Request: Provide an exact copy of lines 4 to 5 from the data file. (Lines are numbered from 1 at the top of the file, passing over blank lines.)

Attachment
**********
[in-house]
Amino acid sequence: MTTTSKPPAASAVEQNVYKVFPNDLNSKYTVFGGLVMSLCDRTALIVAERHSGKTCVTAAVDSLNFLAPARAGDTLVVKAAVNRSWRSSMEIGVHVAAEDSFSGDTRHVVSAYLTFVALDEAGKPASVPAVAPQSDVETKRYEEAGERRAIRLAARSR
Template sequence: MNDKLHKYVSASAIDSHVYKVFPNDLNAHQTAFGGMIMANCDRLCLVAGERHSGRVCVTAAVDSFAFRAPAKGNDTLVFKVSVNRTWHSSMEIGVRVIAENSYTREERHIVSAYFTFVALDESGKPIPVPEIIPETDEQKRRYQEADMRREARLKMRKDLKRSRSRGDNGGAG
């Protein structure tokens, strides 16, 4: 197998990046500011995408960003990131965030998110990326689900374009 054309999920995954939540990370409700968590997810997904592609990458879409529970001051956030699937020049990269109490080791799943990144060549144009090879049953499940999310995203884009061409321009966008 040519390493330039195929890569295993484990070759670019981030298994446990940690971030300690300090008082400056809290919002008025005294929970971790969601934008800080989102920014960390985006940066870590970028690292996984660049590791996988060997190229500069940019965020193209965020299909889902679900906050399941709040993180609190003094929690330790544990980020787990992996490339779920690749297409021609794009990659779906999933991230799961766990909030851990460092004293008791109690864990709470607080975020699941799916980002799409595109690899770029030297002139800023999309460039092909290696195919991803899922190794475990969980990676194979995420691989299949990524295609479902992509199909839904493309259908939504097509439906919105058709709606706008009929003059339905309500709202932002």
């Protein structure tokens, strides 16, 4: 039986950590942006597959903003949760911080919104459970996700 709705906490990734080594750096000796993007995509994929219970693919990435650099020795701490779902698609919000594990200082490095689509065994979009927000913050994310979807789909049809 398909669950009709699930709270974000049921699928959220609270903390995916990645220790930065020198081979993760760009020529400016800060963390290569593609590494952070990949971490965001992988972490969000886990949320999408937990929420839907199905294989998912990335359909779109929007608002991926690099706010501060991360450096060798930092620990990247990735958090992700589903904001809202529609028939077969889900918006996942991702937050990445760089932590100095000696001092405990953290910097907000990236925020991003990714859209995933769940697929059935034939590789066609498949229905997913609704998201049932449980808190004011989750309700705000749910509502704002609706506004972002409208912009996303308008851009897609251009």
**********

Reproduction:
């Protein structure tokens, strides 16, 4: 197998990046500011995408960003990131965030998110990326689900374009 054309999920995954939540990370409700968590997810997904592609990458879409529970001051956030699937020049990269109490080791799943990144060549144009090879049953499940999310995203884009061409321009966008 040519390493330039195929890569295993484990070759670019981030298994446990940690971030300690300090008082400056809290919002008025005294929970971790969601934008800080989102920014960390985006940066870590970028690292996984660049590791996988060997190229500069940019965020193209965020299909889902679900906050399941709040993180609190003094929690330790544990980020787990992996490339779920690749297409021609794009990659779906999933991230799961766990909030851990460092004293008791109690864990709470607080975020699941799916980002799409595109690899770029030297002139800023999309460039092909290696195919991803899922190794475990969980990676194979995420691989299949990524295609479902992509199909839904493309259908939504097509439906919105058709709606706008009929003059339905309500709202932002």
């Protein structure tokens, strides 16, 4: 039986950590942006597959903003949760911080919104459970996700 709705906490990734080594750096000796993007995509994929219970693919990435650099020795701490779902698609919000594990200082490095689509065994979009927000913050994310979807789909049809 398909669950009709699930709270974000049921699928959220609270903390995916990645220790930065020198081979993760760009020529400016800060963390290569593609590494952070990949971490965001992988972490969000886990949320999408937990929420839907199905294989998912990335359909779109929007608002991926690099706010501060991360450096060798930092620990990247990735958090992700589903904001809202529609028939077969889900918006996942991702937050990445760089932590100095000696001092405990953290910097907000990236925020991003990714859209995933769940697929059935034939590789066609498949229905997913609704998201049932449980808190004011989750309700705000749910509502704002609706506004972002409208912009996303308008851009897609251009």